In the wake of Ramos' death, the Madrid Fashion Week (held in September 2006) set a minimum BMI of 18 for all models. In December that year, Italian fashion designers banned size zero models from walking down their catwalks.
On February 13, 2007, her 18-year-old sister Eliana Ramos, also a model, died at her grandparents' home in Montevideo of an apparent heart attack, believed to be related to malnutrition. " (from Wikipedia)
For those who may feel that this billboard campaign could "promote" anorexia nervosa, please read this excellent article by Susie Orbach of the Guardian Unlimited:
"I am surprised to read that colleagues working with girls and women with eating and body difficulties have responded negatively to the pictures of Isabelle Caro, the 27-year-old actress who weighs just 31 kilograms, displayed on billboards across Italy.
The startling and disturbing images are part of a campaign to raise awareness about the dangers of going on hunger strike. She's been on one since she was 12. The campaign, shot by Oliviero Toscani who has shocked the world before with his provocative campaigns for Benetton, is supported by the fashion industry in Italy and has been mounted to coincide with Milan fashion week. The industry has become worried, and for good reason, that they are inadvertently promoting body hatred in girls and women.
My colleagues are concerned that the Toscani pictures will be aspirational. They are certainly correct that visual culture is reconstructing our relationship to the body. We can't but help look at ourselves from the outside to see whether our bodies sufficiently reflect an acceptable version of the 5,000 digitally enhanced images that are beamed at us per week. This is particularly the case for girls and young women and my colleagues worry that girls, perhaps those who are already hooked into the proAna sites will chase the elusive dream to fit in through acquiring a diminished body.
If visual culture can invoke a feeling that we need to be thin, perhaps the pictures of Isabelle Caro will become glamorised in such a way that they invite us to mimic her. It's possible but I doubt it. I think we are not yet inured to the horror they portray. We can still see them. It takes more than one or two images to change our visual landscape and I think they will become a rallying point for campaigners against the body hatred which eats into so many of our children's childhoods, adolescence and young adulthood.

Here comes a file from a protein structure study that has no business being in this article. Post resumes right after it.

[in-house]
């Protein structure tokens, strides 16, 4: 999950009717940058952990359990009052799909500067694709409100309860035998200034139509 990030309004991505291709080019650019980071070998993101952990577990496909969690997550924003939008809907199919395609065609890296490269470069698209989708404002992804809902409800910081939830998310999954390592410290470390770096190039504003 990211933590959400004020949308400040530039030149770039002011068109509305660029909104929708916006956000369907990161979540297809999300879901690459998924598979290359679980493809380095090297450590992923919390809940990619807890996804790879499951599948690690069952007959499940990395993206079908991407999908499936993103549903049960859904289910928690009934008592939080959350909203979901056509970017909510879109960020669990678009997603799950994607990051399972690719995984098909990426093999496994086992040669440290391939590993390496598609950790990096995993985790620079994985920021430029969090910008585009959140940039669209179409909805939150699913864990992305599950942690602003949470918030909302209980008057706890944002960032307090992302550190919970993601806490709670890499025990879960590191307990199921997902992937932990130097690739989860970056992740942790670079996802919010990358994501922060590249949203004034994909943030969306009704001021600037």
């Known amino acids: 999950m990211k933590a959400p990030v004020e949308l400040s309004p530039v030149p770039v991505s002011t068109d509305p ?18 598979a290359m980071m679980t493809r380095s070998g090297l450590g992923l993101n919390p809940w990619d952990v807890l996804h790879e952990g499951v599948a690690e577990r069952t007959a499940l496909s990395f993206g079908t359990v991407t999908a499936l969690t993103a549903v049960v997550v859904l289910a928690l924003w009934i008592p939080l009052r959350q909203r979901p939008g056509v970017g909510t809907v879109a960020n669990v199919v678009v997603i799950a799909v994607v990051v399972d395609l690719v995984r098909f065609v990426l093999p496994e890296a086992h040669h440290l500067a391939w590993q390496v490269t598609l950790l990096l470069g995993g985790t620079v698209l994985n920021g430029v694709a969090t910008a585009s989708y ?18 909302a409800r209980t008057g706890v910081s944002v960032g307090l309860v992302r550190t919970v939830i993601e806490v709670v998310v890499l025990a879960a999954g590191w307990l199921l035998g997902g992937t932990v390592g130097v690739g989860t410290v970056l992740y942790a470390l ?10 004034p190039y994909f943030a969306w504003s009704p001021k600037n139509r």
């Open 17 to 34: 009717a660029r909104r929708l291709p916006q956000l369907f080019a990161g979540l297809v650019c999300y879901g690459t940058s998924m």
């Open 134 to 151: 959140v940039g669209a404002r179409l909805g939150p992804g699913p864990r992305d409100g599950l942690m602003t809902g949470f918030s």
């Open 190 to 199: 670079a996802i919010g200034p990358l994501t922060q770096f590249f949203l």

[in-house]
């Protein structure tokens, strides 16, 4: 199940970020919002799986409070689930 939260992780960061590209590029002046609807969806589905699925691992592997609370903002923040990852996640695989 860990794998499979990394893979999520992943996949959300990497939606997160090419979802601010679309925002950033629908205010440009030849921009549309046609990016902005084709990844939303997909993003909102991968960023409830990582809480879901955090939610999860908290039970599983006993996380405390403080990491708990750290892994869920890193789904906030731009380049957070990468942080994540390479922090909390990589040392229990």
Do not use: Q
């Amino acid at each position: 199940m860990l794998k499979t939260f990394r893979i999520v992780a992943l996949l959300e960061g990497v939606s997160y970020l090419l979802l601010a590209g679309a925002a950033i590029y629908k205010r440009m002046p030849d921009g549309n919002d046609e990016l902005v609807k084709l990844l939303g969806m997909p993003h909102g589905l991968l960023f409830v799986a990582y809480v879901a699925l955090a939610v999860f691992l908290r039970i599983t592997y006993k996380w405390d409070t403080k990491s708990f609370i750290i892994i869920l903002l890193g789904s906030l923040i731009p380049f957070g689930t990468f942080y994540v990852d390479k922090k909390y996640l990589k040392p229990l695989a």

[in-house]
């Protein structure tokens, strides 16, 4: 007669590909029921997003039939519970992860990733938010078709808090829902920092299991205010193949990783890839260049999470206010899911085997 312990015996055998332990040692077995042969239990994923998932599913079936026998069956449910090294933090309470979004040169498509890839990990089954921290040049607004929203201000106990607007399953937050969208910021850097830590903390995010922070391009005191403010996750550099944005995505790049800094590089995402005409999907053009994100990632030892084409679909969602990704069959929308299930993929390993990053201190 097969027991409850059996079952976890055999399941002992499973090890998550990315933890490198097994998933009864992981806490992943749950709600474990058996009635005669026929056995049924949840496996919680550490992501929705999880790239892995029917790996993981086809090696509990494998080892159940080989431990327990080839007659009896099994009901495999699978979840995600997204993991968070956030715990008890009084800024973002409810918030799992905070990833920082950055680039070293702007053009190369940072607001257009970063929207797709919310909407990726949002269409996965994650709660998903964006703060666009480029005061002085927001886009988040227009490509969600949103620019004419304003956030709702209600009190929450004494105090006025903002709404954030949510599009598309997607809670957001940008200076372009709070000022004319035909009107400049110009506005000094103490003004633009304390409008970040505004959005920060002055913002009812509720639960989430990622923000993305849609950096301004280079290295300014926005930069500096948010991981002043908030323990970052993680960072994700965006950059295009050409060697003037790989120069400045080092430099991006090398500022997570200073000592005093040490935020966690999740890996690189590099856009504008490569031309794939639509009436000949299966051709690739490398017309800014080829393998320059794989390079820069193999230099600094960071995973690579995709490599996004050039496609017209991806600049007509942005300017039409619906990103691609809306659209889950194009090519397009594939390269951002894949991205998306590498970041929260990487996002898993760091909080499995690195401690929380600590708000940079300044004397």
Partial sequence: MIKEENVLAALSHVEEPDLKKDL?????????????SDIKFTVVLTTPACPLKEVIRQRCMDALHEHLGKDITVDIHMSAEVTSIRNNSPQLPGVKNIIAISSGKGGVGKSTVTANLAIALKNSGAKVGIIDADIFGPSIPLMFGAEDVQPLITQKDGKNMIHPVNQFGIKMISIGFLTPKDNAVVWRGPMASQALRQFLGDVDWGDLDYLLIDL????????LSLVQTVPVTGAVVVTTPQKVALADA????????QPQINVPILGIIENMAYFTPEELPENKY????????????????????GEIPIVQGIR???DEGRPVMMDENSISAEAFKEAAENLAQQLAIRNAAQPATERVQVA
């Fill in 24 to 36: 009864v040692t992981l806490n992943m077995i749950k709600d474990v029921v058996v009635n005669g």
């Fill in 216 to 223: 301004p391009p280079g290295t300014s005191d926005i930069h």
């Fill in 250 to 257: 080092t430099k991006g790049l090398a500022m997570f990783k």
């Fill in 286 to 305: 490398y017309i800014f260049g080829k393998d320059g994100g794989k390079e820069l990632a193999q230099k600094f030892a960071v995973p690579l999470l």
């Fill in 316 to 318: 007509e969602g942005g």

We need to address the problem visually because it has in large part created visually. Yes, eating problems start in the home, sometimes unwittingly passed on by mums and siblings who have body anxieties of their own which in turn owe much to the ubiquity of art-directed visual culture. Yes, anorexia and the starvation that goes with it have to be addressed emotionally and sometimes medically, but if we fail to challenge worship of just one body type, we will miss an important dimension to transform the problem.
Bodies today are rarely where we live from. They become our production. Our personal statement about who we are. We work on them. We spend a fortune on them. We decorate, transform and manipulate them. Cosmetic surgery is worth $14bn this year, and expected to increase by a $1bn for next. The number of girls and women (and increasingly men) who suffer with severe eating and body difficulties, sometimes obvious like bulimia and obesity, sometimes hidden in bulimia or binge eating, is rising and reaching into earlier and earlier age groups.
We do need to campaign. And at the visual level - which is where this campaign is located. Shocking images are one way, pictures of women of different sizes, as in the Dove campaign, and the deconstructing of the beauty industry through videos are others. We need the best our art directors can do to democratise our visual field so that all of our beauty and variety is included. We need to face the public health emergency that is body hatred (in all its manifestations from obesity to anorexia) and transform the role of visual culture so that it becomes part of the solution and not the problem."
One of the comments on this blog post was made by OhYeahBabe, and it is an excellent comment. I was remiss in not pointing this out in my blog post.
Here is OhYeahBabe's comment:
"People need to understand that you don't have to look like Isabelle Caro to be anorexic. I think that's a significant point of confusion for people who want to stick to Kimkins because they think they are not anorexic yet."
So right you are, OhYeahBabe. Thanks so much for taking the time to point that out. Kudos to you!